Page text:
The Echo Bombs' Debut Album Is Creepy as Hell

Formed in 2010 following the dissolution of electro-dance band The Analog Society, The Echo Bombs aimed for a more lo-fi approach, a la Best Coast. Now they're switching gears again with their first full-length, King of Uncool. It's more primal and creepy as fuck, with sludgy garage-rock riffs that typify characters with "blue skin, hands of a dragon" and "like the taste of teens."

"We were going for minimalistic and energetic like Pixies," lead singer Eddie Horn says. "Sex Bob-omb [from the Scott Pilgrim movie] was one of our big inspirations as well, even though it's just a movie band."

But despite being around for four years, The Echo Bombs haven't released much. After frontwoman Cecilia Olea left the band to focus on her work in Sedusa, the Bombs restructured themselves and completely changed direction and the result is the darker, grittier King of Uncool.

So what exactly does that mean, to be "King of Uncool?" Horn says the album themes were inspired by shows at the now-defunct Parliament and feeling alien even in the fringe culture for which it was known.

See also: 10 Best Bands and Musicians in Phoenix Under the Age of 21

"We definitely feel uncool in both the traditional shallow meaning of being 'cool' and popular and also in an awkward out-of-place kind of way," Horn explains. "Often I would end up [at Parliament] alone and it would be an awkward affair of arriving too early and being that weird, quiet kid waiting out front. Between the sets everyone would go outside to form their small groups of friends and smoke while I just lingered by the door."

Eventually, Horn was approached by Gage Olesen, co-founder of Rubber Brother Records, who told him how much he appreciated his consistent support at these shows.

"It helped me turn something that felt unnatural and odd into a badge of pride," Horn says. "In my head it became 'Screw these other kids. I'm the King of Uncool. I uncool so hard it's cool.' And that's a good summation of our band. We're dorky, passionate, awkward, opinionated dicks, and we strive to make music that's honest to that."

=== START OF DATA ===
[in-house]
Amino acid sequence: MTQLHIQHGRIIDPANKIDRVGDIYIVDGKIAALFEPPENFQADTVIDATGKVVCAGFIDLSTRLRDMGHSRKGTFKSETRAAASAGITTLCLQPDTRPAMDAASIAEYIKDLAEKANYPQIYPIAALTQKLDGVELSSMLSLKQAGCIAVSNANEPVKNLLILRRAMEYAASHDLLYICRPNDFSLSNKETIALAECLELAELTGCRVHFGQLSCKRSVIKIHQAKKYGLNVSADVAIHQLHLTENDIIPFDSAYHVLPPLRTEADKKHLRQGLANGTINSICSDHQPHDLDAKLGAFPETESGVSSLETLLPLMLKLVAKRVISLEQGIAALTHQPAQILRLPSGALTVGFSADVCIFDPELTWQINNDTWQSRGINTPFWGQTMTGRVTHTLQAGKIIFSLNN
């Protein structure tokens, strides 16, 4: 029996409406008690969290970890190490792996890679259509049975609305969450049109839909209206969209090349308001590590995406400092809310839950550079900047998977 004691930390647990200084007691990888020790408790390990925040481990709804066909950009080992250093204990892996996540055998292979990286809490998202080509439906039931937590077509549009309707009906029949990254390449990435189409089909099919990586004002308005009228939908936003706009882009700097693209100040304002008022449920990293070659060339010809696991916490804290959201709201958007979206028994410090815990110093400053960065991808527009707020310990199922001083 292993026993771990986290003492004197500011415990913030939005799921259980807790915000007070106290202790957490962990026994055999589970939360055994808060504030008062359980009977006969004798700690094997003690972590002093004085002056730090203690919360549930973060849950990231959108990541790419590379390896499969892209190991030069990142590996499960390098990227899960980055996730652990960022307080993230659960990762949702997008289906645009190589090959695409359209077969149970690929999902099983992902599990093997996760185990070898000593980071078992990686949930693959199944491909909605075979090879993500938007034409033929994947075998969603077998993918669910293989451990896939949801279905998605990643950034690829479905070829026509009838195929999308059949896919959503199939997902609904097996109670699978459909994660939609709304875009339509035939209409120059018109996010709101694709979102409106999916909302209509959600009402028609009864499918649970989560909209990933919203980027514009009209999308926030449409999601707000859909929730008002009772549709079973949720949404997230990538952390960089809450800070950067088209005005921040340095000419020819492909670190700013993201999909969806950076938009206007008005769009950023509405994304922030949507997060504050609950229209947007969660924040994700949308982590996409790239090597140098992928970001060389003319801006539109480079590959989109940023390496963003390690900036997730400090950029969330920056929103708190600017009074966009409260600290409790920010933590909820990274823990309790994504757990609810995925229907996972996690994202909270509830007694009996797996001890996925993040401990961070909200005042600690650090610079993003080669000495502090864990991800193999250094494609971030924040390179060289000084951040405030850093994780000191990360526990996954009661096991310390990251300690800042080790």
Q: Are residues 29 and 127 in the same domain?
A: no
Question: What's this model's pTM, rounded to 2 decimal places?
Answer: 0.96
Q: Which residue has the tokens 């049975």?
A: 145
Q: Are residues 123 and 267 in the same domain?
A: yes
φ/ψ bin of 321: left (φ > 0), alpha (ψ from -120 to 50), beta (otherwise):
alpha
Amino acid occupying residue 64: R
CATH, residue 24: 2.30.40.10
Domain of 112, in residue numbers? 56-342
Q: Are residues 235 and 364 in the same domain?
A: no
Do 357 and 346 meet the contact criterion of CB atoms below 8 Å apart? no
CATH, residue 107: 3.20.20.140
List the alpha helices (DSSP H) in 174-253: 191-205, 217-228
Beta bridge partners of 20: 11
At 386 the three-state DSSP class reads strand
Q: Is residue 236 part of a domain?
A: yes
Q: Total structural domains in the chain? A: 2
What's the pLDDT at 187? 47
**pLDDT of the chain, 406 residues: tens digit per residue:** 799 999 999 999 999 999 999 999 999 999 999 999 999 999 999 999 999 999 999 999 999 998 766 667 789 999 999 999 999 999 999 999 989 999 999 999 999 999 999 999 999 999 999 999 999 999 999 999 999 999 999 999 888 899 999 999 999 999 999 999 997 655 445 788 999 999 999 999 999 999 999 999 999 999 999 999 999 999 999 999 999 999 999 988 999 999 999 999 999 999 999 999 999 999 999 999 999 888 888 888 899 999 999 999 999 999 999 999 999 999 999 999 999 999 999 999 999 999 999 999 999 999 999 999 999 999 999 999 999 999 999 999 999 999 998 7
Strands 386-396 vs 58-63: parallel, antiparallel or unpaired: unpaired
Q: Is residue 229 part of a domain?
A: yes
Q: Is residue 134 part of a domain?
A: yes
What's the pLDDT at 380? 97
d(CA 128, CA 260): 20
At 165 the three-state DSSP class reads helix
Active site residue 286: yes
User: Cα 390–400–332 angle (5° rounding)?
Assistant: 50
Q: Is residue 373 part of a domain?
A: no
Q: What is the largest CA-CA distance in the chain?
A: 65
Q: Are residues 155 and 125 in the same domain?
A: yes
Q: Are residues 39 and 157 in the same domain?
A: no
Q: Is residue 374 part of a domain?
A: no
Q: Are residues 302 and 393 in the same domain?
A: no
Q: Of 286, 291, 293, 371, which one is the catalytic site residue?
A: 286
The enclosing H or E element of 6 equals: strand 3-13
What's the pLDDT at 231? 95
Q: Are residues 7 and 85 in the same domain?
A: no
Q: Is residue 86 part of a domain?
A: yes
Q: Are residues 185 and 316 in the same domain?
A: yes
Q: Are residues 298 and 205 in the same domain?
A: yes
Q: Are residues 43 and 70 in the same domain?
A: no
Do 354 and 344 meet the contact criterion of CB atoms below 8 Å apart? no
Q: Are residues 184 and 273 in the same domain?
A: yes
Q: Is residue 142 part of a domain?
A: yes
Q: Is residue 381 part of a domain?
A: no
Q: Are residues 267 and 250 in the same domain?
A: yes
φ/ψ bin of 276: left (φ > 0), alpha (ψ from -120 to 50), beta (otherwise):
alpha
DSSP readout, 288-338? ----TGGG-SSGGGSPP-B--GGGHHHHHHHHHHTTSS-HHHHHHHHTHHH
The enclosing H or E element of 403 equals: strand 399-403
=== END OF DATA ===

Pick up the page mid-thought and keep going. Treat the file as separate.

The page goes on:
Even for a three-piece, Echo Bombs show a lot of range. Self-described as "psycho surf," the band mixes the lo-fi edge of garage rock with a grungy aggression. They get swampy on "Creeper" or blast melancholy crescendos on "Summerlong" while "Tear It Down" takes Dick Dale and the Deltones to a scuzzy truck stop restroom and gives it a flushie.

Rubber Brother Records will be releasing the album, mixed at Audioconfusion (responsible for some recent Andrew Jackson Jihad and Playboy Manbaby releases) by Jalipaz Nelson, who the band credit as taking a big role in its production. But this is only the beginning (a new beginning?) for The Echo Bombs.

"We are planning for a West Coast tour around spring break," Horn says. "We have about half enough songs for another full release, but I think we will maybe hold onto those for a split with some buddies or maybe release them in little bite-sized installments."

According to the Bombs' bassist Daniel Endicott, Echo Bombs will be working with a PR company starting January, hoping to land some radio and TV play.

"We're very excited about the music were making," Endicott says. "[We] think that we'll get a good response once it's out there in the proverbial ether."

The Echo Bombs are scheduled to perform Friday, December 12, at Trunk Space.

Find any show in Metro Phoenix via our extensive online concert calendar.

9 Tips for Using A Fake ID To Get Into A Show 10 Classic Punk Records That Actually Kind of Suck The 10 Coolest, Scariest, Freakiest Songs About Heroin The 30 Most Disturbing Songs of All Time

Like Up on the Sun on Facebook or follow us on Twitter for the latest local music news and conversation.

KEEP PHOENIX NEW TIMES FREE... Since we started Phoenix New Times, it has been defined as the free, independent voice of Phoenix, and we'd like to keep it that way. With local media under siege, it's more important than ever for us to rally support behind funding our local journalism. You can help by participating in our "I Support" program, allowing us to keep offering readers access to our incisive coverage of local news, food and culture with no paywalls.
Troy Farah is an independent journalist and documentary field producer. He has worked with VICE, Fusion, LA Weekly, Golf Digest, BNN, Tucson Weekly, and Phoenix New Times.
Contact: Troy Farah